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Wind atlases


Figure 2.1 shows the onshore wind energy resource, as computed on a broad scale for the European Wind Atlas.  The map shows different wind speed regions.  The wind speeds at a 50 m height above ground level within the regions identified, may be estimated for different topographic conditions using the table below the figure.  

The wind speed above which commercial exploitation can take place varies according to the specific market conditions.  While countries, such as Scotland, clearly have exceptional potential, with rising fuel prices and consequently increasing power prices every European country has a substantial technically and economically exploitable wind resource.

Figure 2.1 European Wind Atlas, Onshore, Source, Ris° National Laboratory, Denmark, see Appendix E for colour version

Figure 2.1 European Wind Atlas, Onshore, Source, Risø National Laboratory, Denmark, see Appendix E for colour version

The European Wind Atlas employs meteorological data from a selection of monitoring stations, and shows the distribution of wind speeds on a broad scale.  It has been used extensively by developers and governments in estimating the size of the resource and regional variations.  It is possible to map wind speeds at a higher resolution, using for instance more detailed topographical data and a larger sample size of meteorological data, in order to show more local variations in wind speed. This can be used by developers looking for sites in a particular country.

There are many examples of national, regional and local wind atlases, for Europeand the rest of the world; but they are far too numerous to mention here.  When investigating a particular region or country regarding its development potential, one of the first questions is always – is there a wind atlas for this area?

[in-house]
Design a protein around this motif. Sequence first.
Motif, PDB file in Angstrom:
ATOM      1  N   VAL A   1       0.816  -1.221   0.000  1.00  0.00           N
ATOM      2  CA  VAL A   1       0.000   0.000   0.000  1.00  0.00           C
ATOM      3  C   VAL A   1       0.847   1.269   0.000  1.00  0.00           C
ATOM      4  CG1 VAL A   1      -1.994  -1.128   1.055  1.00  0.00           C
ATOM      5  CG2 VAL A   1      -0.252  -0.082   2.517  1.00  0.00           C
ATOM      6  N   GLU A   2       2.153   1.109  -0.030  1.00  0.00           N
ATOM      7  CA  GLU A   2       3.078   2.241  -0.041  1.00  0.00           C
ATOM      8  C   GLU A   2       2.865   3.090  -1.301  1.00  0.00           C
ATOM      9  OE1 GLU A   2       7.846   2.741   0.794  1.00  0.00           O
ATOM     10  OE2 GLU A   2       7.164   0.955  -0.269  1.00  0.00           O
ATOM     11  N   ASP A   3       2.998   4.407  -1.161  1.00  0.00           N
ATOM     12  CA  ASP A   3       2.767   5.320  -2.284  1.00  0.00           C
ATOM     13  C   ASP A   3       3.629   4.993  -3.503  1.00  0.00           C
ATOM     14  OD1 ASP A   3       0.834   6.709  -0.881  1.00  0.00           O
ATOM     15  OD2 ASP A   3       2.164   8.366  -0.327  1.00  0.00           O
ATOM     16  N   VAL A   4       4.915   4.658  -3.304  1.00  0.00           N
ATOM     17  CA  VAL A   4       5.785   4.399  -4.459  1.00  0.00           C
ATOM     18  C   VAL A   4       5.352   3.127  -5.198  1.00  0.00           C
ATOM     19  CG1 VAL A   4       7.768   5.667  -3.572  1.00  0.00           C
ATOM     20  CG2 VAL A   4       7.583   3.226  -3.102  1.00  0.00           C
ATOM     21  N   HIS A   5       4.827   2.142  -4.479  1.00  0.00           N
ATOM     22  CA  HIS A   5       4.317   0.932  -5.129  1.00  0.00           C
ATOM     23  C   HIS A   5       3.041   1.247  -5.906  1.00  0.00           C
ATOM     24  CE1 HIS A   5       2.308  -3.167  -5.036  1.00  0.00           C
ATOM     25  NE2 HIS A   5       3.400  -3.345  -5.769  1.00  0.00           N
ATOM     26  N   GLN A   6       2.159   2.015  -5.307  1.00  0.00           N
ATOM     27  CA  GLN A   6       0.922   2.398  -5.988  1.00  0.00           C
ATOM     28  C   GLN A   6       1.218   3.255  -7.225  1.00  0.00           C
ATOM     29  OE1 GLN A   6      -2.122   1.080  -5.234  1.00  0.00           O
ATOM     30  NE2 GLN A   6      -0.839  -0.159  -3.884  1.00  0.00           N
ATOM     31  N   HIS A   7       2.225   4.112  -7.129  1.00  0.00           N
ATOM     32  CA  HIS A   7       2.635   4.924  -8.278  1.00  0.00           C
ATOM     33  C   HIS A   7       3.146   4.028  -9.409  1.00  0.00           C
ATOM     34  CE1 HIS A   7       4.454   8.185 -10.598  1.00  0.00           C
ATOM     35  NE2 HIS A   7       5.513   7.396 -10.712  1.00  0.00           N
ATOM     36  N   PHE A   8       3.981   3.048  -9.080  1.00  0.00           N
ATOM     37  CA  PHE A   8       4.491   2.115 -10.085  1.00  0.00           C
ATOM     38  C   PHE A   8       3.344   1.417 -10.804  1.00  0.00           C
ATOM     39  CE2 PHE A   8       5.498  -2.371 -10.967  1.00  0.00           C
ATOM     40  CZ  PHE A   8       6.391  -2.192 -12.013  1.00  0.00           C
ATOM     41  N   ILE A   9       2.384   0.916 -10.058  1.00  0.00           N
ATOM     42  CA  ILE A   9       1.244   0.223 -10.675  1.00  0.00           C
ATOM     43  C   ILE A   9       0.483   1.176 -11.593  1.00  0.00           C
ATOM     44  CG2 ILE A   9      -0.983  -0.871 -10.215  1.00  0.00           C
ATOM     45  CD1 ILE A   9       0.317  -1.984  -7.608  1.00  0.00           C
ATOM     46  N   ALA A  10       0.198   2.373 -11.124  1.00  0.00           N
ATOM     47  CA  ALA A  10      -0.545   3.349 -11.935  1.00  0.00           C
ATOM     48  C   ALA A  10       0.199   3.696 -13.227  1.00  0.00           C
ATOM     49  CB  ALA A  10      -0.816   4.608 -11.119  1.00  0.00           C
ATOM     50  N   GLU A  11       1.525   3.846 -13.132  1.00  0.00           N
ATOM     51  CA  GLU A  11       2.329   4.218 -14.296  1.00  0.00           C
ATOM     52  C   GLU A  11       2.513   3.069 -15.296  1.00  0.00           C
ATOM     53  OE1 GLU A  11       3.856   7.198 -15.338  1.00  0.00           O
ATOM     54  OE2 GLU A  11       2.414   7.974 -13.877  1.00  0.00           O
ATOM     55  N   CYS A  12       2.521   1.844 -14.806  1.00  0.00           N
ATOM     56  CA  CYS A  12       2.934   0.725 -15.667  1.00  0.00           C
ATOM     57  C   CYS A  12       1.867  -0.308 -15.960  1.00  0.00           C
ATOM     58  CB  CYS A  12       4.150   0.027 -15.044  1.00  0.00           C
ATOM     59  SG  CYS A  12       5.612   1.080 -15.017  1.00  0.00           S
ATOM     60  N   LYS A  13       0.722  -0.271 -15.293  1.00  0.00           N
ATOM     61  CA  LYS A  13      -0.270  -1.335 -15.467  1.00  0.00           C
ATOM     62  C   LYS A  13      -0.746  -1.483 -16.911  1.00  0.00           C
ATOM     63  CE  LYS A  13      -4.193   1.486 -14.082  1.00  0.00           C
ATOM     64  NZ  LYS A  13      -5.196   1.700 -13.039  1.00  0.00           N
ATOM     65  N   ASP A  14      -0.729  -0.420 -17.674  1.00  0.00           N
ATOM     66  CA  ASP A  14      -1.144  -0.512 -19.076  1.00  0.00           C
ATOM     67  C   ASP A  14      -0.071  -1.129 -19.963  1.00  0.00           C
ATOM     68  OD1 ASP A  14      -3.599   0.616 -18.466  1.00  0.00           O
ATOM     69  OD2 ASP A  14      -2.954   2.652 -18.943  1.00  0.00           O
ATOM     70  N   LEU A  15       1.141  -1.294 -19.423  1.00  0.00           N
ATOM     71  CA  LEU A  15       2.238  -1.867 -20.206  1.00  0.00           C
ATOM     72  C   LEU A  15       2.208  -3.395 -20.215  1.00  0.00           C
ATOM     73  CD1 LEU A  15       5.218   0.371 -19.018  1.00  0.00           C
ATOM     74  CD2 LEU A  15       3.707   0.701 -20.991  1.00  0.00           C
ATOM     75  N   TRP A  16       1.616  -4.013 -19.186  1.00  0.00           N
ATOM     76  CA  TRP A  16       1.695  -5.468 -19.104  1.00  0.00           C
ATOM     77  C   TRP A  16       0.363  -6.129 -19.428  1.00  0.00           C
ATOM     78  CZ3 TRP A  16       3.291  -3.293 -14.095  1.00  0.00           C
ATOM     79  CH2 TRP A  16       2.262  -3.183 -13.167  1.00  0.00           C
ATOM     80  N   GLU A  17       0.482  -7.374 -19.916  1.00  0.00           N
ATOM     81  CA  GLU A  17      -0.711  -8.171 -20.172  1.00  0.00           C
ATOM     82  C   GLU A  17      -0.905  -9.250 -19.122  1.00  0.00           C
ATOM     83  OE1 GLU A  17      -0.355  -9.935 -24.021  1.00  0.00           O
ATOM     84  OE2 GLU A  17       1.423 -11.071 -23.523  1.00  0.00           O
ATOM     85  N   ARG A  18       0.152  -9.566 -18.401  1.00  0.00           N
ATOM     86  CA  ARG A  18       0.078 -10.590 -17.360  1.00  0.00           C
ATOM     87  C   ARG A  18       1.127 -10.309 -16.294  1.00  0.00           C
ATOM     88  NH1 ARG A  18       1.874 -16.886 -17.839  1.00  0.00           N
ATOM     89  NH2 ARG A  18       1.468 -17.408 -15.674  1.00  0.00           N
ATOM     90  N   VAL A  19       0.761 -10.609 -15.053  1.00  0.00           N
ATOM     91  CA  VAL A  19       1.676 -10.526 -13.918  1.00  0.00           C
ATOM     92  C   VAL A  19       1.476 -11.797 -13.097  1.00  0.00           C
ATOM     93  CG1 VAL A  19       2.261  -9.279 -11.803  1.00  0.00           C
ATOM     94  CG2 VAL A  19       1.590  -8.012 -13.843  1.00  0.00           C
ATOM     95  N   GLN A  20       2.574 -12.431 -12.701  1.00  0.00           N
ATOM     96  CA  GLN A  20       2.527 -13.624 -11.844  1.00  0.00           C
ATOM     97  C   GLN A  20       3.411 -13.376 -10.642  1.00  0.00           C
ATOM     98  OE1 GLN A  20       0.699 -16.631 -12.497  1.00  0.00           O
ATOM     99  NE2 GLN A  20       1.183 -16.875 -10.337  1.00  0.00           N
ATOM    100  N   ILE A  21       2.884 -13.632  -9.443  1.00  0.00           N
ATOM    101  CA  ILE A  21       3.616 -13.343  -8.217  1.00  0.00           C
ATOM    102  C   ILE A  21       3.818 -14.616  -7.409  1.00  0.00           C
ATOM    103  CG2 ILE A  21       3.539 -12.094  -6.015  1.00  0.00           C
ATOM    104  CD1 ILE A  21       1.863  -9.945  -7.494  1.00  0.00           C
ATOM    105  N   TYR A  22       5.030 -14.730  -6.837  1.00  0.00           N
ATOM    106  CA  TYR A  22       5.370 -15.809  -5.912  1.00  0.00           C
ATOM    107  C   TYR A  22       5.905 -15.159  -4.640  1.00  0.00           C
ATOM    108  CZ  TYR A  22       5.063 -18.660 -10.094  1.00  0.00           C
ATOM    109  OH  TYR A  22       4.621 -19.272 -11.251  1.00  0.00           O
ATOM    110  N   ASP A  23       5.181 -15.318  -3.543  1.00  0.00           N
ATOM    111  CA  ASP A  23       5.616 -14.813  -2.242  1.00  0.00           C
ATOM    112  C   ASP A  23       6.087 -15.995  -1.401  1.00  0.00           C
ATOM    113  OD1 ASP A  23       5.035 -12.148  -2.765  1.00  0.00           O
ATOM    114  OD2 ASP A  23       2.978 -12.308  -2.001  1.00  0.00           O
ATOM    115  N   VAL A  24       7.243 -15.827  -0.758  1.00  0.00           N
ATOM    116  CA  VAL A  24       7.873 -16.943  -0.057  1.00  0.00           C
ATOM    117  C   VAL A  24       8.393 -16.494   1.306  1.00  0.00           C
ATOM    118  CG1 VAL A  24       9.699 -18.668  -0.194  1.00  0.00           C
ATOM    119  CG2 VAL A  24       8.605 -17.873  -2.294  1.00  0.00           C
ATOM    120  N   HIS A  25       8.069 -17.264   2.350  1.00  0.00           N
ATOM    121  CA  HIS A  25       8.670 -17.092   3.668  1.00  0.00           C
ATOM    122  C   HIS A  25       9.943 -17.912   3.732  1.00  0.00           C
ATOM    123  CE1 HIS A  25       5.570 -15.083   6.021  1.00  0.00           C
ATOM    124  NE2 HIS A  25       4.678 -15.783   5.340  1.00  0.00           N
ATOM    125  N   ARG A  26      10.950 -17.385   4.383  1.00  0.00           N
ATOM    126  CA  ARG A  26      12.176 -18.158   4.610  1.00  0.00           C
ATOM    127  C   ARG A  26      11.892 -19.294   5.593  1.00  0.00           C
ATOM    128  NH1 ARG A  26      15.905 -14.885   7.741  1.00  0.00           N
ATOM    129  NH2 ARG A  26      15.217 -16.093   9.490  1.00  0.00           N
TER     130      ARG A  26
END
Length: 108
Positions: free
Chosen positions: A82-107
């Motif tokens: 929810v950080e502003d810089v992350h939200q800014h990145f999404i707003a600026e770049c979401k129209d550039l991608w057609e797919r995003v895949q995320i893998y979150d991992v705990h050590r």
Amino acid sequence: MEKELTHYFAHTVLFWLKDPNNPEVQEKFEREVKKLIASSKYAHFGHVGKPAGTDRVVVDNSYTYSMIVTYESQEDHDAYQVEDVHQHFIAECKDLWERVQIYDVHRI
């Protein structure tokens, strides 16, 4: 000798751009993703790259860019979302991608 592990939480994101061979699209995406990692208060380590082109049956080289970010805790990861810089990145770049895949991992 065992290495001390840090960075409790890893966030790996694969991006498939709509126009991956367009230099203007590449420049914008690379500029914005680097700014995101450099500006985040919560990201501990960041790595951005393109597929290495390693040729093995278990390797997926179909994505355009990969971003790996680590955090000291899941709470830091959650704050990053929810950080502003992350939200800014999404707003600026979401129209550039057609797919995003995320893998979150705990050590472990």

A review of national wind atlases for European countries has been undertaken for this edition of “Wind Energy – The Facts,” the results of which are shown in Table 2.1.  Where obtained and permission granted, map reproductions are contained in Appendix A.  The European Wind Atlas resulted in the development of a wind-mapping tool called WAsP, and this is used widely for both broad-scale wind mapping and more site-specific applications.

Table 2.1 distinguishes between the use of WAsP and “other” wind mapping methods.

Table 2.1 Wind Atlases, Europe, Source, Mortensen, N., G., Heathfield, N., H., Myllerup,L., Landberg, L., Rathmann, O.: Wind Atlas Analysis and Application Program: WAsP 9 Help Facility

Country Coverage in the European Wind Atlas Other WAsP Application Other model
Austria   [1]  
Bulgaria     [14]
Czech Republic   [1]  
Denmark [2] [3]
Estonia   [15]

[16, 17 ]

Finland   [4]  
Greece   [6]
Hungary   [1] [18]
Ireland [7] [8]
Italy   [9, 10]
Latvia   [15] [19]
Lithuania   [15]  
The Netherlands ü    
Poland     [20]
Romania     [21]
Slovakia   [1]  
Slovenia   [1]  
Sweden   [11]  
UK   [12]
Turkey     [22]
Armenia     [23]
Croatia   [1]  


Norway     [13]
Russia   [25]  
Switzerland     [26]

Sources for 1-26, see references


Wind atlases for offshore are covered in Chapter 5: Offshore.

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